Using the Science of Positive Psychology to Build Love That Lasts
Suzie and James Pawelski are two of the world's leading positive psychologists. James cofounded the Master of Applied Positive Psychology program at the University of Pennsylvania with Martin Seligman while Suzie is a graduate of the program and a leading freelance writer and consultant. Together they've written an incredible book on "Using the Science of Positive Psychology to Build Love That Lasts." I’ve been waiting for a very long time for the book that would make me say: “READ THIS BOOK if you want to figure out how to integrate Ancient Wisdom + Modern Science + Practical Tools to Optimize your relationship.” And, well, THIS book is it. I HIGHLY recommend it. In fact, it's not only my #1 Love book recommendation, it's also cracked the Top 10 all-time greatest list. Big Ideas we explore include The Relationship Gym (hit it!), Aristotelian Lovers (the REAL Soul Mates), SNAP (James geniuses x2), Know Thy... (self and thy partner!), and Love Is an Action Verb (let's commit to flourishing together TODAY!).
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“We are now excited to be able to present this work in book format. And we offer it to all those who are—or hope to be—in romantic relationships and want to make them the happiest, healthiest, and most fulfilling they can be. We want to be clear we are not claiming that we have it all figured out, that our relationship is one blissful moment after another, and that if you follow our instructions, you too will live happily ever after. (Trust us, it’s not sunshine and rainbows all the time for us, either!) Instead of fairy-tale endings, we believe in brave beginnings and informed efforts, not so we can magically find the relationship of our dreams, but so we can wisely create beautiful relationships in the real world.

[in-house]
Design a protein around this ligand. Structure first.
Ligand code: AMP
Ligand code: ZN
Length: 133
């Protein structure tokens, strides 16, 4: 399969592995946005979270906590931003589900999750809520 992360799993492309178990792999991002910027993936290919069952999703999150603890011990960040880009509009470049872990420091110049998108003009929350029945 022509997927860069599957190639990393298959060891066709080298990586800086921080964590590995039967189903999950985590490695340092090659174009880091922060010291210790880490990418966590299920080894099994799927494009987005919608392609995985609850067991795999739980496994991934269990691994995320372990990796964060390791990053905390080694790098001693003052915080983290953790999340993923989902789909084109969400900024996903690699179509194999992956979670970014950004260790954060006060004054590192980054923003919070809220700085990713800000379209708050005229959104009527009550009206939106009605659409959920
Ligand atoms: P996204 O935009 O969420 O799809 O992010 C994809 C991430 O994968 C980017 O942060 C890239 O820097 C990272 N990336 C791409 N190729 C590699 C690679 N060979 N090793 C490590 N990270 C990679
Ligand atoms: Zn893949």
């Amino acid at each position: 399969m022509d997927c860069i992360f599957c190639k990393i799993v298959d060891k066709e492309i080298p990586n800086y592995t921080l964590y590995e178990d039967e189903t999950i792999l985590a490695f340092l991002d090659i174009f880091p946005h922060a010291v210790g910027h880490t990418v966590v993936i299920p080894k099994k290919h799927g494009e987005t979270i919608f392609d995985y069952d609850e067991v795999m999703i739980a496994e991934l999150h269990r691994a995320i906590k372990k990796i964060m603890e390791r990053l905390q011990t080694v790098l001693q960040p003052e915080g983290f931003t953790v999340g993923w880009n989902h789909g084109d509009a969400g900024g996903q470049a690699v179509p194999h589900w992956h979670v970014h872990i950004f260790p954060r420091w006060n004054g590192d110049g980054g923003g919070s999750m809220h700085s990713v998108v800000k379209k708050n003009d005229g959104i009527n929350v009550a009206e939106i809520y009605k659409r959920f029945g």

Note that this book is not titled 13 Steps to a Blissful Marriage, The Complete Guide to Happily Ever After, or Everything You Need to Know About Romantic Relationships. Although such titles seem appealing in the easy promises they offer, we believe they are fundamentally misleading. Marriages are not meat loafs, in which mastering a few steps will yield perfect results every time. Nor are they so simple that anyone can provide a complete guide to them, since each and every marriage or partnership is affected by myriad complications, starting with the two people in it. The truth is, real relationships can be delightful, uplifting, and satisfying, yet are often messy and frustrating—and sometimes heartbreaking. The important thing to keep in mind is that, as with any human endeavor, we can get better at relationships through well-directed effort. ...
Whether you are newlywed or newly single or you have been married for fifty years or have not yet been in a romantic relationship, we invite you to think of this book as an invitation to the relationship gym, where we can all benefit from the advice of psychologists and philosophers to help us actively build love that lasts.”